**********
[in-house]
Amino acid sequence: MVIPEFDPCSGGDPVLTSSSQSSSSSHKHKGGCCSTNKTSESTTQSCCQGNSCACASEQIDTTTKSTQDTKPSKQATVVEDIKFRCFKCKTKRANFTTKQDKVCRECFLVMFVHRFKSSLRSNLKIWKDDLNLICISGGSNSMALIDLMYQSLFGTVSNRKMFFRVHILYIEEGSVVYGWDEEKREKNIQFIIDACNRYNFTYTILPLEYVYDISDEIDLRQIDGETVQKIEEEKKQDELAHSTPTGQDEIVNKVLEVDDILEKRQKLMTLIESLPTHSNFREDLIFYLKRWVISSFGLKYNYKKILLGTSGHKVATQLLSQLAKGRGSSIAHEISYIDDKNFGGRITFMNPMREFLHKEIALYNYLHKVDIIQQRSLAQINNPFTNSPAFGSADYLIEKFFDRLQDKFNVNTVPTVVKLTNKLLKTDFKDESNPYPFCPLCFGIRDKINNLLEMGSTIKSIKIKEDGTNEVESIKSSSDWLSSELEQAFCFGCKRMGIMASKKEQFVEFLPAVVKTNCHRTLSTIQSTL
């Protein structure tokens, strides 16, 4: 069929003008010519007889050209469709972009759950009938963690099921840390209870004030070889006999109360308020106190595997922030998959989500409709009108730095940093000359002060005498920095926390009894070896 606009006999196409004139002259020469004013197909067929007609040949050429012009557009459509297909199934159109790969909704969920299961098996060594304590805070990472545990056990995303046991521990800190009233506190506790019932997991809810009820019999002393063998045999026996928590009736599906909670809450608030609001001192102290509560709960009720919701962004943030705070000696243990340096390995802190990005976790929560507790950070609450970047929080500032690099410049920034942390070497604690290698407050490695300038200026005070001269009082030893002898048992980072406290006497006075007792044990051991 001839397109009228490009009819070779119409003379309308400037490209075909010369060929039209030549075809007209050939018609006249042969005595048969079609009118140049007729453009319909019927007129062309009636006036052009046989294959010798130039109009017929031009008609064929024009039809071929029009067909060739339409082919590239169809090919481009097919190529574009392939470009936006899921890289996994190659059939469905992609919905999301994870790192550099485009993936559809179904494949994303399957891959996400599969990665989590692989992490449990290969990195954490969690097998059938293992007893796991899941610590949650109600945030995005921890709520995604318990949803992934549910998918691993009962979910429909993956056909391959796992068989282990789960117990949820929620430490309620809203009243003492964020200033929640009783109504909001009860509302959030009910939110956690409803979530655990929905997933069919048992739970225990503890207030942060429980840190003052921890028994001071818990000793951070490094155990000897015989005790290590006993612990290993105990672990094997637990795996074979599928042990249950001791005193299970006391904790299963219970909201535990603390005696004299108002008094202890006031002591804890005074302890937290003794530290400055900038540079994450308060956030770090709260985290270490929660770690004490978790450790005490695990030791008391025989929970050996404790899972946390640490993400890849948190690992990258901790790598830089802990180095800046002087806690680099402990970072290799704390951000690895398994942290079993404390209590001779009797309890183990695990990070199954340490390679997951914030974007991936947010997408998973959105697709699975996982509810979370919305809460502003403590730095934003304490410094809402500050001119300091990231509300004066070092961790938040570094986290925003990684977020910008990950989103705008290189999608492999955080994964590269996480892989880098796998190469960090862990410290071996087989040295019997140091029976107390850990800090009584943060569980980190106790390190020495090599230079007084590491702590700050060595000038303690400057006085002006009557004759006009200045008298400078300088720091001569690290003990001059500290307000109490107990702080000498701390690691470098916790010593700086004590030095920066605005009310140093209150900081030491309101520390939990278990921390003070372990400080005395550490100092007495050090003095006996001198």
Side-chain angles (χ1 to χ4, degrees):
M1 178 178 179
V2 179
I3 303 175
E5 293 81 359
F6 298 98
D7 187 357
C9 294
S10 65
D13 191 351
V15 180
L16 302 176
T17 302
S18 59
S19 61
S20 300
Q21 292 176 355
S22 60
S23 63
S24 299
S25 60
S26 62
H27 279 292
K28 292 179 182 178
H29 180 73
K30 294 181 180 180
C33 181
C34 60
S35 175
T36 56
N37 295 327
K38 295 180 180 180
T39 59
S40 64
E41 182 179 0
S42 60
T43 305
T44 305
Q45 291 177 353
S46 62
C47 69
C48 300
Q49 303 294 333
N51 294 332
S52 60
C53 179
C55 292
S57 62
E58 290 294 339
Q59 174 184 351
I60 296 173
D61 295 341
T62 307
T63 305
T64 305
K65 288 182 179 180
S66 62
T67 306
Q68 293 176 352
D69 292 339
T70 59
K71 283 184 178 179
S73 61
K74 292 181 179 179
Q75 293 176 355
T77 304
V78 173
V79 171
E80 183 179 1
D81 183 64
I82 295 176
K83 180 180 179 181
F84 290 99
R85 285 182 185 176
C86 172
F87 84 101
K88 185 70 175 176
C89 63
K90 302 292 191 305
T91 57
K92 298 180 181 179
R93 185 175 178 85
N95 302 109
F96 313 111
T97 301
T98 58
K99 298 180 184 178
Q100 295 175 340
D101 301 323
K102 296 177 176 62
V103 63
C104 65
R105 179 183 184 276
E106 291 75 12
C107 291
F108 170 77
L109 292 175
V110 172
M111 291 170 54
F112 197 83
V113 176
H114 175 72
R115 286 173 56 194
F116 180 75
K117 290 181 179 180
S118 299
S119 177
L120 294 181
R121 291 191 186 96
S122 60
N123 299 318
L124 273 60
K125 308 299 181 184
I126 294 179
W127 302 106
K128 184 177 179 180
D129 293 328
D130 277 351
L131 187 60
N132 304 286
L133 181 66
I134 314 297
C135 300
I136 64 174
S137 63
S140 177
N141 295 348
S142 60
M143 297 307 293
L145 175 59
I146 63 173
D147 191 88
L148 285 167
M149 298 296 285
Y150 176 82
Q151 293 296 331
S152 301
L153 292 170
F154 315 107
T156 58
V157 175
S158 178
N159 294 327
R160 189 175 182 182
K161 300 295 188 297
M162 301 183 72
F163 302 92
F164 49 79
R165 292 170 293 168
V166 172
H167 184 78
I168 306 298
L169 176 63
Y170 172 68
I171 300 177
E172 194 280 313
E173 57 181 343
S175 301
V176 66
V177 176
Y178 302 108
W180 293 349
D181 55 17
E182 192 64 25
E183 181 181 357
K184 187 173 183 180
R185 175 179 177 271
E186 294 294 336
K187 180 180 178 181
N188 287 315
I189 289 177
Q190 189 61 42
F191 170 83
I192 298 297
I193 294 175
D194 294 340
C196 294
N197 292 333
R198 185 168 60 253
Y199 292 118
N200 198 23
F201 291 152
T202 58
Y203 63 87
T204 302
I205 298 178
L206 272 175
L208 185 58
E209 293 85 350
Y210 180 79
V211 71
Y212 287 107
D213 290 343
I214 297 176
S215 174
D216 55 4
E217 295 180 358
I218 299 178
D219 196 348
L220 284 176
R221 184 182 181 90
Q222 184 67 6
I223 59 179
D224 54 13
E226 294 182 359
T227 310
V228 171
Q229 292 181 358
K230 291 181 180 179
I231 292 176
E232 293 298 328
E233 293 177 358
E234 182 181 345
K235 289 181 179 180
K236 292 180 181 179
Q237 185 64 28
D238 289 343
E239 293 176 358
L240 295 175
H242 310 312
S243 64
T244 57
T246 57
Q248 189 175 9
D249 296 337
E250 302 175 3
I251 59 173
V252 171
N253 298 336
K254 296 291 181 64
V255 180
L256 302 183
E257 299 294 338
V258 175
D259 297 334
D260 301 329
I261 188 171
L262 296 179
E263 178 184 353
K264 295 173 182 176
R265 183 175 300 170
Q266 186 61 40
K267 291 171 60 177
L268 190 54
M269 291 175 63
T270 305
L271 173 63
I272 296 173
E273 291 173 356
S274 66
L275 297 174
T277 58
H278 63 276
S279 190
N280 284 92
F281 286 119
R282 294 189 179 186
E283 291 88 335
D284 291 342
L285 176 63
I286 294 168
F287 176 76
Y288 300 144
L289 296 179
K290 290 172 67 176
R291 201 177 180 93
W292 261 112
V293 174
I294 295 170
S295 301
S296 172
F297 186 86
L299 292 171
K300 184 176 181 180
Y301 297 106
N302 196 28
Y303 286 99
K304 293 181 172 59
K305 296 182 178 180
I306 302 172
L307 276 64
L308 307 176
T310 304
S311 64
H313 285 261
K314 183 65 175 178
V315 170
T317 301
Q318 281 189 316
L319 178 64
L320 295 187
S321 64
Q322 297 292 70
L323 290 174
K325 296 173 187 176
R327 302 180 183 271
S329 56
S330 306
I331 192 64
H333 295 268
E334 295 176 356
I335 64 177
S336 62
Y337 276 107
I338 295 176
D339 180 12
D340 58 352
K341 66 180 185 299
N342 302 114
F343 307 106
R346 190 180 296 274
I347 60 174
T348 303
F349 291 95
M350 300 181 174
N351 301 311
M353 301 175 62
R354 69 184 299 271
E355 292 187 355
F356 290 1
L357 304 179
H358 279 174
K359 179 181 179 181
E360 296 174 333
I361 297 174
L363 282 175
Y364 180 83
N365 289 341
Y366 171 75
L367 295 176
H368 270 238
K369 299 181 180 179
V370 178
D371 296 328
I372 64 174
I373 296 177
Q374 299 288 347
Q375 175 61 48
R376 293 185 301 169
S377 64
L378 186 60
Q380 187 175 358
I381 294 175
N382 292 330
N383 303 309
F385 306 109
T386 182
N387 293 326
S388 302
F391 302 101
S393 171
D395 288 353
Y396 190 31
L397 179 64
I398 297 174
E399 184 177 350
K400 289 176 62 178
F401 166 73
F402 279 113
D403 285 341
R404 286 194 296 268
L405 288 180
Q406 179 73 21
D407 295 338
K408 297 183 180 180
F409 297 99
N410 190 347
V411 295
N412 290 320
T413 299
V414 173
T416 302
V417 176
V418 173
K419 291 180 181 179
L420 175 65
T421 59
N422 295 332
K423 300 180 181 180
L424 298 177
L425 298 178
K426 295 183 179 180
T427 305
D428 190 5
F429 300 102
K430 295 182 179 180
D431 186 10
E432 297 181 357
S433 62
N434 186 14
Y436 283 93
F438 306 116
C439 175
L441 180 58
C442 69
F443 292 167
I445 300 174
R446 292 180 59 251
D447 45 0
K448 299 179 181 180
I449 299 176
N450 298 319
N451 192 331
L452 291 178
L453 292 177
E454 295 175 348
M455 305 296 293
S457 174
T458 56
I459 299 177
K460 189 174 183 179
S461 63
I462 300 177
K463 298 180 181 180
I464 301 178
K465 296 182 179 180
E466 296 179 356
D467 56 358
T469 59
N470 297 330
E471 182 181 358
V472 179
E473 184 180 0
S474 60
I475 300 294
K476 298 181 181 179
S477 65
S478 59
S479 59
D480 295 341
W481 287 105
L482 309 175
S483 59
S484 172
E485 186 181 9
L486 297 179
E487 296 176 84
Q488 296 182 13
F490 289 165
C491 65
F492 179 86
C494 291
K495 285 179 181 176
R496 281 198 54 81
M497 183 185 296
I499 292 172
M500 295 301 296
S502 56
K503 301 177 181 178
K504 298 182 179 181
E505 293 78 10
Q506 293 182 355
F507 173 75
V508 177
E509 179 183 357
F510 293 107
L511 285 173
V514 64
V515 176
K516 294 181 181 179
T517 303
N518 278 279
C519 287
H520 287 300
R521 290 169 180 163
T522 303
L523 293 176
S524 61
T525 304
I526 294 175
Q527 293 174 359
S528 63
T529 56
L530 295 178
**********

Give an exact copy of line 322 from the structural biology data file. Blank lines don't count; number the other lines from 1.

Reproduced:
E355 292 187 355